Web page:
Attorney General Becerra Calls on EPA to Withdraw Its Proposal to Weaken Emissions Standards From Coal Power Plants
Twenty Attorneys General, Seven Local Governments Warn of Harm to Communities Should Emissions Increase
SACRAMENTO – California Attorney General Xavier Becerra, leading 20 attorneys general and seven local government entities, filed comments demanding the U.S. Environmental Protection Agency (EPA) withdraw its proposal to weaken federal standards limiting greenhouse gas emissions from new, modified, and reconstructed coal-fired power plants. The coalition asserts in its comments that these standards protect against increased emissions and further acceleration of climate change. The proposal, if finalized, could increase carbon dioxide pollution contributing to climate change by weakening current requirements that new power plants minimize their emissions to the extent feasible. Under EPA’s proposal, a new coal-fired plant would be able to emit 35 percent more carbon dioxide than it could under current law. In 2015, after exhaustive technical analysis, EPA determined that new plants can meet the current standard by using carbon capture and storage. The coalition asserts that the EPA’s reversal of that finding and its new proposal are arbitrary and capricious, and in violation of its statutory obligation to control emissions under the Clean Air Act.
“The scientific community has given us a clear message to reduce emissions or face dire consequences. Yet, EPA Administrator Andrew Wheeler buries his head in the sand when confronted with this irrefutable scientific evidence,” said Attorney General Becerra. “Backsliding on emission standards for dirty power plants threatens progress when it is most vital in our fight to curb global warming. California can’t afford to go backward. We can’t afford to ignore the wildfires, storms, floods, droughts, and suffocating air pollution. EPA must stop ignoring the facts and science and withdraw this reckless proposal.”
In danger are the New Source Performance Standards adopted by the EPA in 2015 after a comprehensive examination in which the EPA determined that partial carbon capture and storage was the best system to reduce carbon dioxide emissions from new coal-fired plants. The coalition submitting the comments represent approximately 158 million people and 45 percent of the U.S. population.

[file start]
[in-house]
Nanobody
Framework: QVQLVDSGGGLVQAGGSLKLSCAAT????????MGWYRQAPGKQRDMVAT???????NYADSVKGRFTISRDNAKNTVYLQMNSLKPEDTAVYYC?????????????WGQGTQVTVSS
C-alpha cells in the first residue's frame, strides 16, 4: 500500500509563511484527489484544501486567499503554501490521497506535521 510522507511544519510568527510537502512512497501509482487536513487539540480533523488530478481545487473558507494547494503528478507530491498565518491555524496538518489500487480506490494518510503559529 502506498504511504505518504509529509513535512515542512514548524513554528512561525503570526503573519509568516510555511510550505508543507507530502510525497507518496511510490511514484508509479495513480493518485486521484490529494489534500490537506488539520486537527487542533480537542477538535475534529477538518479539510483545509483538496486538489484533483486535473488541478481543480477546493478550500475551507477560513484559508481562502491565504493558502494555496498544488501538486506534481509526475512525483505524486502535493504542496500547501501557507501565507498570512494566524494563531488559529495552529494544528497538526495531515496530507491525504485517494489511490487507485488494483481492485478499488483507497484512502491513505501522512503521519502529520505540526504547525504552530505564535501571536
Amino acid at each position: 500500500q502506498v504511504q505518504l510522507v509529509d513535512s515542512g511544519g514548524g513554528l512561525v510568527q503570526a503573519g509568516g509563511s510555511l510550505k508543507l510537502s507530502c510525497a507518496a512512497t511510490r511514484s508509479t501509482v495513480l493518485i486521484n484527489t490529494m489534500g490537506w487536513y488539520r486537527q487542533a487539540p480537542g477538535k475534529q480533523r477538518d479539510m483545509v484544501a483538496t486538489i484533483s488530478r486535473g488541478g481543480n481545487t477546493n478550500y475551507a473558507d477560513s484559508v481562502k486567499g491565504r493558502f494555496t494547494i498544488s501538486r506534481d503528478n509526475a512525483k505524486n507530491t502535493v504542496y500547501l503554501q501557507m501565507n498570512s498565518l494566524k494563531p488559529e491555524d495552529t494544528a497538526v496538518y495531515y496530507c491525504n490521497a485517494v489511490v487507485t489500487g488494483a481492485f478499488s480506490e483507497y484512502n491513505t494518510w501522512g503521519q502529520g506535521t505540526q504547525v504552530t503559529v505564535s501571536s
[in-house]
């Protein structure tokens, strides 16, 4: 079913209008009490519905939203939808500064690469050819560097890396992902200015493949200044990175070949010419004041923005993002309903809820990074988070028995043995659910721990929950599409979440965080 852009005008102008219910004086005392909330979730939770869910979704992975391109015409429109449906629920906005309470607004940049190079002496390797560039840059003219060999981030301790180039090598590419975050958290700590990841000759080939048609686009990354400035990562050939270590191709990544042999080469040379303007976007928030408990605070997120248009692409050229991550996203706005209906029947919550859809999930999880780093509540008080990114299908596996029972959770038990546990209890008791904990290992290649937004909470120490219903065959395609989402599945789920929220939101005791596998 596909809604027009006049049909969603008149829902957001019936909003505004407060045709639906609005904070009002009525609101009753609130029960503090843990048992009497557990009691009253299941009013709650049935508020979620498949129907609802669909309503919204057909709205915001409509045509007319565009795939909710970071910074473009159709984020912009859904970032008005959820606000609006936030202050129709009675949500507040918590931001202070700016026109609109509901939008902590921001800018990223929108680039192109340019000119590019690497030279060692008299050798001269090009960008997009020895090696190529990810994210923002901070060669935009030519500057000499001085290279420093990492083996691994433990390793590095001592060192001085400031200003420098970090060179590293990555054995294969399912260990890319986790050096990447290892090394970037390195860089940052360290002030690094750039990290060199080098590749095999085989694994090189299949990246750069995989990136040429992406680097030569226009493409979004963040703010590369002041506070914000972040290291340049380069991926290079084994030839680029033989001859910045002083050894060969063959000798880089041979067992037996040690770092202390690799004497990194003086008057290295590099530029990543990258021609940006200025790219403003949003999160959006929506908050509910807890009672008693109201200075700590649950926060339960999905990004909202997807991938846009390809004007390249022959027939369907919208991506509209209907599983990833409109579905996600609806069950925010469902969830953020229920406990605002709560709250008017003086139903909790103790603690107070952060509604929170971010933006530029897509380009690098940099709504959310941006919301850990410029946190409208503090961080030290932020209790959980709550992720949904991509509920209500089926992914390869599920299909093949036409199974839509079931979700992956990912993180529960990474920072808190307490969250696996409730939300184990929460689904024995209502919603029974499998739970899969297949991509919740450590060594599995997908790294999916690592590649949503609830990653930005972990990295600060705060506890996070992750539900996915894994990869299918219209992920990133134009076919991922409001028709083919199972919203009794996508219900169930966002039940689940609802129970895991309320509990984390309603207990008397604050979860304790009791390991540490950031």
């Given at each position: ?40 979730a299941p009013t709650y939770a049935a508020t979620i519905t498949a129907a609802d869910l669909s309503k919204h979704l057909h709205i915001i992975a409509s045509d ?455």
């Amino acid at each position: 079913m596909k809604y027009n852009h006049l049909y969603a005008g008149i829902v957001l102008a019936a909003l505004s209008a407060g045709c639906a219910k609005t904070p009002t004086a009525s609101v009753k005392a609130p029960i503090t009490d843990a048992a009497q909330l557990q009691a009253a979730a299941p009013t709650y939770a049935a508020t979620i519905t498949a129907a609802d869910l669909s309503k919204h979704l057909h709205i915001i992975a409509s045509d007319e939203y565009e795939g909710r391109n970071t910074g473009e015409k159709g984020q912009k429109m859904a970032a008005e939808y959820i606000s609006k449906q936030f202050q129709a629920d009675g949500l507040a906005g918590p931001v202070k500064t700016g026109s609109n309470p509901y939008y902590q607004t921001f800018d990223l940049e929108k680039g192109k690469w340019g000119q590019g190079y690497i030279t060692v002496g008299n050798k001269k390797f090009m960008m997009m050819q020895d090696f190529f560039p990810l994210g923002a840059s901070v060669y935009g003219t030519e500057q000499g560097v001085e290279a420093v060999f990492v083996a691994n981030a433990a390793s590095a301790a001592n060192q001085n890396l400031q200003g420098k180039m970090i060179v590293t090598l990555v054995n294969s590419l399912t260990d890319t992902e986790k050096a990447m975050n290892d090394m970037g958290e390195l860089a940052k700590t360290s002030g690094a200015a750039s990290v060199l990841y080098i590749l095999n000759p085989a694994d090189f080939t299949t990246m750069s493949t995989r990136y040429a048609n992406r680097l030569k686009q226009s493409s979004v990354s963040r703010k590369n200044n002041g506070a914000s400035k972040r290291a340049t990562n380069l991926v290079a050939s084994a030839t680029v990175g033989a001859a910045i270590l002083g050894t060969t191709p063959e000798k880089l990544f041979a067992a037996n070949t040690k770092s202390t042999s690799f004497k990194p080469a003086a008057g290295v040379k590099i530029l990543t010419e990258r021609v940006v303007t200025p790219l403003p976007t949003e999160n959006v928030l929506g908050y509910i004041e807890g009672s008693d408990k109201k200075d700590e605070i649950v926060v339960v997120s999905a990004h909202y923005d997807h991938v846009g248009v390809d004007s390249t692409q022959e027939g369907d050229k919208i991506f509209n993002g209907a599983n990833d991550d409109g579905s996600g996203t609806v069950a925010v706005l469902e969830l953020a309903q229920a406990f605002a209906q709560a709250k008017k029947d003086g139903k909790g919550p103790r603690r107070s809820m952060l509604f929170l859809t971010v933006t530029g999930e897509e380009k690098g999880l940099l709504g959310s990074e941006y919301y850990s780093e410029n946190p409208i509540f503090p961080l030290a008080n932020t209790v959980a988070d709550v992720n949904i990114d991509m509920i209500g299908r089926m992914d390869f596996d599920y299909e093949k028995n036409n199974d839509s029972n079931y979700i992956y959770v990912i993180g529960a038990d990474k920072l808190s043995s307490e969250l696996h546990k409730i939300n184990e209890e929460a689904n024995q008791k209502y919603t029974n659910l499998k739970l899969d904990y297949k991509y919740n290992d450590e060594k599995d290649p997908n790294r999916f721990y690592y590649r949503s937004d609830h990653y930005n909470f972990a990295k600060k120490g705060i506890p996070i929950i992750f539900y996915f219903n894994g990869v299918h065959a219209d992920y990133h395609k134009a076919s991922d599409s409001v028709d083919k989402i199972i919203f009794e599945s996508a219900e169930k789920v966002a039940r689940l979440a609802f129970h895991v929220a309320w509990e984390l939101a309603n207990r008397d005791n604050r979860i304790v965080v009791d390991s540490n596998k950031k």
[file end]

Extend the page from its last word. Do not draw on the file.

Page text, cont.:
Failing to eliminate carbon dioxide emissions creates significant threats and harms to these states and their populations by intensifying the harms of climate change including increased heat waves, severe storms, flooding, disease, pests, and threats to air quality, utilities, infrastructure, agriculture, timber, marine industries, and regional ecosystems. Since the EPA’s publication of the rule it now proposes to eliminate, the earth has experienced the warmest year on record. A vast majority of scientists, including those from the federal government, warn of dire circumstances should the U.S. fail to reduce emissions, risking thousands of American lives and hundreds of billions of dollars, more than the current gross domestic product of many U.S. states. Cited in the filed comment are statistics supporting these projections from government agencies including the National Academies of Sciences, Engineering, and Medicine; the American Meteorological Society; Department of Energy; the Intergovernmental Panel on Climate Change; and the U.S. Global Change Research Program’s Fourth National Climate Assessment representing the work of over 300 governmental and nongovernmental experts.
The coalition points out a number of alarming issues with the EPA’s proposal:
- The proposal is arbitrary and capricious and in violation of the Clean Air Act, as it runs counter to the agency’s evidence of the best and achievable system of emission reduction;
- A new coal-fired plant would be expected to be able to meet the proposed weakened standard even if it did not use any carbon dioxide controls at all;
- EPA provides inaccurate costs of meeting the 2015 emission standards;
- EPA ignores the increased environmental harms that could result from changing the emission standard;
- EPA fails to justify reversing its finding that carbon storage capacity is sufficiently available and accessible throughout the country; and
- The agency has not provided enough information to permit the public to comment meaningfully.
Joining Attorney General Becerra in demanding the proposed rule be withdrawn are the Attorneys General of Connecticut, Delaware, Illinois, Iowa, Maine, Maryland, Massachusetts, Minnesota (by and through its Minnesota Pollution Control Agency), New Jersey, New Mexico, New York, North Carolina, Oregon, Pennsylvania, Rhode Island, Vermont, Virginia, Washington, and the District of Columbia; as well as the Maryland Department of the Environment; the cities of Boulder, Chicago, Los Angeles, New York, Philadelphia, and South Miami; and the county of Broward.
The filed comments and appendices are attached to the electonic version of this press release here.